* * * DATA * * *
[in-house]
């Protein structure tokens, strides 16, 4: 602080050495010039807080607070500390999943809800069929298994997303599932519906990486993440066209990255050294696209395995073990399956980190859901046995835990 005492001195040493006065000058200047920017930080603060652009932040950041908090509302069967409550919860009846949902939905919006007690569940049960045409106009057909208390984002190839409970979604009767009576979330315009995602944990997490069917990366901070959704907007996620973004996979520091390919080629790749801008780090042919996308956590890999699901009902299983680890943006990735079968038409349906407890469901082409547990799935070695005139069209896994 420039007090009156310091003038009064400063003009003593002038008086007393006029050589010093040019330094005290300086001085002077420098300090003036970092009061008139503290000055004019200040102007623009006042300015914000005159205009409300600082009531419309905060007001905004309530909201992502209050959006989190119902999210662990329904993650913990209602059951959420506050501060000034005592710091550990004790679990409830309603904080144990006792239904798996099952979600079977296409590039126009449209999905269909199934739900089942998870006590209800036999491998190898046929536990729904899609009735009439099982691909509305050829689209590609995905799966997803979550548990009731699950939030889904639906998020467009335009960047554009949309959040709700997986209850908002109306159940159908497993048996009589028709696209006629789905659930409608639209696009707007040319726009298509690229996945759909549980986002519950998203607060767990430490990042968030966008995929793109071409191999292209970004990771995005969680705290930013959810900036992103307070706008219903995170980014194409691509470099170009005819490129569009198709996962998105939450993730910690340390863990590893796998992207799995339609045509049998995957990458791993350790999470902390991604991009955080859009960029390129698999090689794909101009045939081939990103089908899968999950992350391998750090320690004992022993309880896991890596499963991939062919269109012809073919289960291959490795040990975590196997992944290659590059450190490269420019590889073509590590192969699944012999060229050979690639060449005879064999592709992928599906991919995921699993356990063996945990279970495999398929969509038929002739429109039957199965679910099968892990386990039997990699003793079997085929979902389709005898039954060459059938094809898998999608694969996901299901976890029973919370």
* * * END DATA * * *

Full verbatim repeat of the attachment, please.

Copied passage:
[in-house]
């Protein structure tokens, strides 16, 4: 602080050495010039807080607070500390999943809800069929298994997303599932519906990486993440066209990255050294696209395995073990399956980190859901046995835990 005492001195040493006065000058200047920017930080603060652009932040950041908090509302069967409550919860009846949902939905919006007690569940049960045409106009057909208390984002190839409970979604009767009576979330315009995602944990997490069917990366901070959704907007996620973004996979520091390919080629790749801008780090042919996308956590890999699901009902299983680890943006990735079968038409349906407890469901082409547990799935070695005139069209896994 420039007090009156310091003038009064400063003009003593002038008086007393006029050589010093040019330094005290300086001085002077420098300090003036970092009061008139503290000055004019200040102007623009006042300015914000005159205009409300600082009531419309905060007001905004309530909201992502209050959006989190119902999210662990329904993650913990209602059951959420506050501060000034005592710091550990004790679990409830309603904080144990006792239904798996099952979600079977296409590039126009449209999905269909199934739900089942998870006590209800036999491998190898046929536990729904899609009735009439099982691909509305050829689209590609995905799966997803979550548990009731699950939030889904639906998020467009335009960047554009949309959040709700997986209850908002109306159940159908497993048996009589028709696209006629789905659930409608639209696009707007040319726009298509690229996945759909549980986002519950998203607060767990430490990042968030966008995929793109071409191999292209970004990771995005969680705290930013959810900036992103307070706008219903995170980014194409691509470099170009005819490129569009198709996962998105939450993730910690340390863990590893796998992207799995339609045509049998995957990458791993350790999470902390991604991009955080859009960029390129698999090689794909101009045939081939990103089908899968999950992350391998750090320690004992022993309880896991890596499963991939062919269109012809073919289960291959490795040990975590196997992944290659590059450190490269420019590889073509590590192969699944012999060229050979690639060449005879064999592709992928599906991919995921699993356990063996945990279970495999398929969509038929002739429109039957199965679910099968892990386990039997990699003793079997085929979902389709005898039954060459059938094809898998999608694969996901299901976890029973919370």